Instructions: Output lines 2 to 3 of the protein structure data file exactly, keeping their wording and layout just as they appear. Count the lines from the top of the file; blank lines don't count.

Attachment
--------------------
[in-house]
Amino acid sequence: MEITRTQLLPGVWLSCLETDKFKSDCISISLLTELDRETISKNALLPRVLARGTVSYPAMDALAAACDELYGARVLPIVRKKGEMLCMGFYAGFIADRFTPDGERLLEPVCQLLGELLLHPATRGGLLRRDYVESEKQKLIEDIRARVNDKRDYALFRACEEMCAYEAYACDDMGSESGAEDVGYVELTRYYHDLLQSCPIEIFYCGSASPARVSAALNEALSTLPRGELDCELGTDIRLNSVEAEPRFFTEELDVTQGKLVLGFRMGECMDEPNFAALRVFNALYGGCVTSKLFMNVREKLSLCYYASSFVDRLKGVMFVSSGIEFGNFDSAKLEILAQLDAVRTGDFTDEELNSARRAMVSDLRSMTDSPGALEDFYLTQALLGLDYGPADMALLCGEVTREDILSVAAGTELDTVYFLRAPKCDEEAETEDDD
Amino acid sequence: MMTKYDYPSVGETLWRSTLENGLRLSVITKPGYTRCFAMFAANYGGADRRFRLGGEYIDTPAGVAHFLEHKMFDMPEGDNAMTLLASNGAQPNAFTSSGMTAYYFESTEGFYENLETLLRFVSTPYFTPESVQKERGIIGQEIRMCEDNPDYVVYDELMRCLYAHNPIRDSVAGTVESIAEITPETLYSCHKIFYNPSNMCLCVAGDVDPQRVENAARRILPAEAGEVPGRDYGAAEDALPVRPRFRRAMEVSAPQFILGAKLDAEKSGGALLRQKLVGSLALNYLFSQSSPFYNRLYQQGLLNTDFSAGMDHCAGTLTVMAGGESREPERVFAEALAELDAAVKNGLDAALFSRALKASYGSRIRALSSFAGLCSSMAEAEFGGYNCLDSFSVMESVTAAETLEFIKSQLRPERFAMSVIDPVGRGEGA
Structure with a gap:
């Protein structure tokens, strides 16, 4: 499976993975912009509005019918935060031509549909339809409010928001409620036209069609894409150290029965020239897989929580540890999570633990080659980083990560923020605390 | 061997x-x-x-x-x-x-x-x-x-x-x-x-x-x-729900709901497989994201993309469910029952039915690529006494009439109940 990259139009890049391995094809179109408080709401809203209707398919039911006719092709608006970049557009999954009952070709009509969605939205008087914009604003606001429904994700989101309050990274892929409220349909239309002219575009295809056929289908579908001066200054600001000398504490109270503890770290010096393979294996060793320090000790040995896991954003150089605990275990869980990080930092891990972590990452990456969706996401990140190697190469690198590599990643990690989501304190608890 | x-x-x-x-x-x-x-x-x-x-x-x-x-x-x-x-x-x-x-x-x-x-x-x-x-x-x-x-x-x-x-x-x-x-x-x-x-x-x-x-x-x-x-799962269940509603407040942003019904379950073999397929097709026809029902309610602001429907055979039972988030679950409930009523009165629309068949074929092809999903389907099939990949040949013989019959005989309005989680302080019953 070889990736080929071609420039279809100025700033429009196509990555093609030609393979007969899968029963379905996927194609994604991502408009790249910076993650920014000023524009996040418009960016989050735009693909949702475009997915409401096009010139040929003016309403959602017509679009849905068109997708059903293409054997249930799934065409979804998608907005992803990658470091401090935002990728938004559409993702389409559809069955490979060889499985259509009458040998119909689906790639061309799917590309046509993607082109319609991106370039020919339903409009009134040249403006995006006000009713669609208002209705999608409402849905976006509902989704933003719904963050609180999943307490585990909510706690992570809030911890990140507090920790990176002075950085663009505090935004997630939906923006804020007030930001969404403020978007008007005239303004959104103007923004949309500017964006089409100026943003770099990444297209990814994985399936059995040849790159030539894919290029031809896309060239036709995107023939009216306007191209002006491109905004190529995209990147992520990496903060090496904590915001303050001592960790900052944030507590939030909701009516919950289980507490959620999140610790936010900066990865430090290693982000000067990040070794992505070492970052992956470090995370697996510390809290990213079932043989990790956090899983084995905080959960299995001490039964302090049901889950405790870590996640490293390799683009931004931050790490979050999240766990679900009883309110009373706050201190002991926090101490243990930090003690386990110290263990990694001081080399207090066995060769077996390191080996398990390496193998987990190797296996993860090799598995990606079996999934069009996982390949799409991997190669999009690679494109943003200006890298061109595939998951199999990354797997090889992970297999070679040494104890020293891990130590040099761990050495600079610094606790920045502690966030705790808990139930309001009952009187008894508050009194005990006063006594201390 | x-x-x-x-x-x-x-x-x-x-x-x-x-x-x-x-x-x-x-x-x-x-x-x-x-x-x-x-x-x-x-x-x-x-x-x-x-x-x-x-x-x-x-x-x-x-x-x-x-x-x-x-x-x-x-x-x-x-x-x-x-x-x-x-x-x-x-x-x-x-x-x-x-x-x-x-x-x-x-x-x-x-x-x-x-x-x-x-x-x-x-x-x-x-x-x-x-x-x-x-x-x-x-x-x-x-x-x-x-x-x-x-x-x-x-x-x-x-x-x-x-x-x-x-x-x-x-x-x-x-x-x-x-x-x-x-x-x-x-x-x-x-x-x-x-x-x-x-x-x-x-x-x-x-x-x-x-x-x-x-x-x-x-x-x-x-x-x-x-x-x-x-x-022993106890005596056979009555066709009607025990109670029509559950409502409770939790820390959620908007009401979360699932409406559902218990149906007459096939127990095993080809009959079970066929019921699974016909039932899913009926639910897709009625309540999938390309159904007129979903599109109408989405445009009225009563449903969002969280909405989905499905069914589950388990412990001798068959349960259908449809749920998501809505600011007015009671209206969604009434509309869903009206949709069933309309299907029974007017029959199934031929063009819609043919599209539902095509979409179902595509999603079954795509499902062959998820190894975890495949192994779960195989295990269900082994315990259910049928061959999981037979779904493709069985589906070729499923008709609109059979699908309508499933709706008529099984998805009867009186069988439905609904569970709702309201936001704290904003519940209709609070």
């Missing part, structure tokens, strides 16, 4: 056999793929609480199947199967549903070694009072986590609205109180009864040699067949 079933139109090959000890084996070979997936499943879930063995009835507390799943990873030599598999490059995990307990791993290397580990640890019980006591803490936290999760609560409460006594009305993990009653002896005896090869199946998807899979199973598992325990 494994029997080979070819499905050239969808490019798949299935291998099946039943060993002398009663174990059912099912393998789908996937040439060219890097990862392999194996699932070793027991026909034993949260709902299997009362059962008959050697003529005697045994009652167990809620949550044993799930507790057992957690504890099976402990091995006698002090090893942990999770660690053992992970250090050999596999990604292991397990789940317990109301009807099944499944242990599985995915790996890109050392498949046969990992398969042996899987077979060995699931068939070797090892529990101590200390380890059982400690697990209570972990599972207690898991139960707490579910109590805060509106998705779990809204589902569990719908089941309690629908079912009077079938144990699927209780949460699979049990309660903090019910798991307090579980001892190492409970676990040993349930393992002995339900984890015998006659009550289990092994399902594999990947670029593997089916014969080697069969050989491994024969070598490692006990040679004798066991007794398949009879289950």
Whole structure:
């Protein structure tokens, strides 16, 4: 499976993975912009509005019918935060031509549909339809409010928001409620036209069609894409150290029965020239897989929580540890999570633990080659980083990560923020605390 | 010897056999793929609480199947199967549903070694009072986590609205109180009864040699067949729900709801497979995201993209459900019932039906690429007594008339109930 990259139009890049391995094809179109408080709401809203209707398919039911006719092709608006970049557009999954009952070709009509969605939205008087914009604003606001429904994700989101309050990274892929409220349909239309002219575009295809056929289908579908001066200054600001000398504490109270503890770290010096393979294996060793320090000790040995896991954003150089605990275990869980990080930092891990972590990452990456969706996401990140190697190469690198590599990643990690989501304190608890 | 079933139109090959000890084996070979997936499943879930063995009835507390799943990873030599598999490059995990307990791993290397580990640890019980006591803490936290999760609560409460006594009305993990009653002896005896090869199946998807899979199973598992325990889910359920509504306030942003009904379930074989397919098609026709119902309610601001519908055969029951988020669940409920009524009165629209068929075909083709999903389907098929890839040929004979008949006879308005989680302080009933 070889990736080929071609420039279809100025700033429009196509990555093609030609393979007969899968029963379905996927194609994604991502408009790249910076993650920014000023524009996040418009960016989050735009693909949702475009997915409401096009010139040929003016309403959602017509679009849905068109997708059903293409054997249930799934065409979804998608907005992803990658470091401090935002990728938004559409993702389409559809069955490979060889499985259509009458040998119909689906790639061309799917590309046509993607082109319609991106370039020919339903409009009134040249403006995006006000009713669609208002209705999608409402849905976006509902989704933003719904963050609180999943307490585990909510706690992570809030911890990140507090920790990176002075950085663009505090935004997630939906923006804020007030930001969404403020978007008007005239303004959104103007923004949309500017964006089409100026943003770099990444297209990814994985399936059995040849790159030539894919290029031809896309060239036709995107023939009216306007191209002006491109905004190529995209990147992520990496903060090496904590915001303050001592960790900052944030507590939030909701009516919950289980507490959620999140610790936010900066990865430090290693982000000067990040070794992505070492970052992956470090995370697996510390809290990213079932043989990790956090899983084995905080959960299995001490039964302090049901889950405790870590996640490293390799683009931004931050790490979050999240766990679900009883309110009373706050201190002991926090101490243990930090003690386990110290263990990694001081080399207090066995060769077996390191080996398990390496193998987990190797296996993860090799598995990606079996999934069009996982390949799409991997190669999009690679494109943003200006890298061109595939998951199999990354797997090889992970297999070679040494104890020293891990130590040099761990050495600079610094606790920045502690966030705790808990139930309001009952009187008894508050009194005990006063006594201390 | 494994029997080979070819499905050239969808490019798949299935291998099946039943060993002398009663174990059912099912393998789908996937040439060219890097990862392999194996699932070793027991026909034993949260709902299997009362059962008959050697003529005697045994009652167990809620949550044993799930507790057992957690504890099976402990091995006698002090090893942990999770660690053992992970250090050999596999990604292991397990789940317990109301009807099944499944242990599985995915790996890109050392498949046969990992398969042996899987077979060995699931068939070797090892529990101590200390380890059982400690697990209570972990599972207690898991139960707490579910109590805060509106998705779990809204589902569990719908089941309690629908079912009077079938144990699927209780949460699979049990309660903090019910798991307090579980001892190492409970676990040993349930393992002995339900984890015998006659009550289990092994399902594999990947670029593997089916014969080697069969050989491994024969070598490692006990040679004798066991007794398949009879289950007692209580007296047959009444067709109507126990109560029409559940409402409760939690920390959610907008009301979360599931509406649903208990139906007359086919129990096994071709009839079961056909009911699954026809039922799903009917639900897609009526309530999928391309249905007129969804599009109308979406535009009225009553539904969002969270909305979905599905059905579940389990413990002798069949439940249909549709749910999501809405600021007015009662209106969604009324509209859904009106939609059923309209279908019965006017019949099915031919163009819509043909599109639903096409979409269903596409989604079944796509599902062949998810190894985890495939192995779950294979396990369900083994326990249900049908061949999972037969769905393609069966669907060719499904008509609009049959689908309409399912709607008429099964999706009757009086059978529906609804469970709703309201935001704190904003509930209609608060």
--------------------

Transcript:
Amino acid sequence: MEITRTQLLPGVWLSCLETDKFKSDCISISLLTELDRETISKNALLPRVLARGTVSYPAMDALAAACDELYGARVLPIVRKKGEMLCMGFYAGFIADRFTPDGERLLEPVCQLLGELLLHPATRGGLLRRDYVESEKQKLIEDIRARVNDKRDYALFRACEEMCAYEAYACDDMGSESGAEDVGYVELTRYYHDLLQSCPIEIFYCGSASPARVSAALNEALSTLPRGELDCELGTDIRLNSVEAEPRFFTEELDVTQGKLVLGFRMGECMDEPNFAALRVFNALYGGCVTSKLFMNVREKLSLCYYASSFVDRLKGVMFVSSGIEFGNFDSAKLEILAQLDAVRTGDFTDEELNSARRAMVSDLRSMTDSPGALEDFYLTQALLGLDYGPADMALLCGEVTREDILSVAAGTELDTVYFLRAPKCDEEAETEDDD
Amino acid sequence: MMTKYDYPSVGETLWRSTLENGLRLSVITKPGYTRCFAMFAANYGGADRRFRLGGEYIDTPAGVAHFLEHKMFDMPEGDNAMTLLASNGAQPNAFTSSGMTAYYFESTEGFYENLETLLRFVSTPYFTPESVQKERGIIGQEIRMCEDNPDYVVYDELMRCLYAHNPIRDSVAGTVESIAEITPETLYSCHKIFYNPSNMCLCVAGDVDPQRVENAARRILPAEAGEVPGRDYGAAEDALPVRPRFRRAMEVSAPQFILGAKLDAEKSGGALLRQKLVGSLALNYLFSQSSPFYNRLYQQGLLNTDFSAGMDHCAGTLTVMAGGESREPERVFAEALAELDAAVKNGLDAALFSRALKASYGSRIRALSSFAGLCSSMAEAEFGGYNCLDSFSVMESVTAAETLEFIKSQLRPERFAMSVIDPVGRGEGA